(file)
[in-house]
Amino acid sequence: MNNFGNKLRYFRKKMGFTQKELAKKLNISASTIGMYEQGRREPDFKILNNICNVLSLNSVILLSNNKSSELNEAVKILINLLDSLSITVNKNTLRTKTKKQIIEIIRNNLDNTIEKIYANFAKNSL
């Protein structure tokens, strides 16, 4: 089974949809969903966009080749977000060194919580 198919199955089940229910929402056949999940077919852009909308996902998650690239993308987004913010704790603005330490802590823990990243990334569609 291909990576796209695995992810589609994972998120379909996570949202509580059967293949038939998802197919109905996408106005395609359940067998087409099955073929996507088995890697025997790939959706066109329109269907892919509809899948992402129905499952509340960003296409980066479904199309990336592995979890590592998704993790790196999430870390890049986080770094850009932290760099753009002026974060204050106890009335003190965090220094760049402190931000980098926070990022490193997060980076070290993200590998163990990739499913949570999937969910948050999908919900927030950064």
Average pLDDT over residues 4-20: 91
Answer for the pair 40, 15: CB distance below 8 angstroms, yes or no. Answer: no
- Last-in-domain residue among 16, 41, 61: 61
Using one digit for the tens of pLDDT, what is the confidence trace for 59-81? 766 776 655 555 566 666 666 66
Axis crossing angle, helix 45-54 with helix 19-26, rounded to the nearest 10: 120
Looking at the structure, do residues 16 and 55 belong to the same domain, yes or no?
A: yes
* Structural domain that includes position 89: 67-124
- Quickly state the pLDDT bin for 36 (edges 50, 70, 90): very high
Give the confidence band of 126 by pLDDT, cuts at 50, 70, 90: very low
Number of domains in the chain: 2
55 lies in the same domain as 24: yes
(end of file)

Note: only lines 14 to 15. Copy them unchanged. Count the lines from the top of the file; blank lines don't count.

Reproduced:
Number of domains in the chain: 2
55 lies in the same domain as 24: yes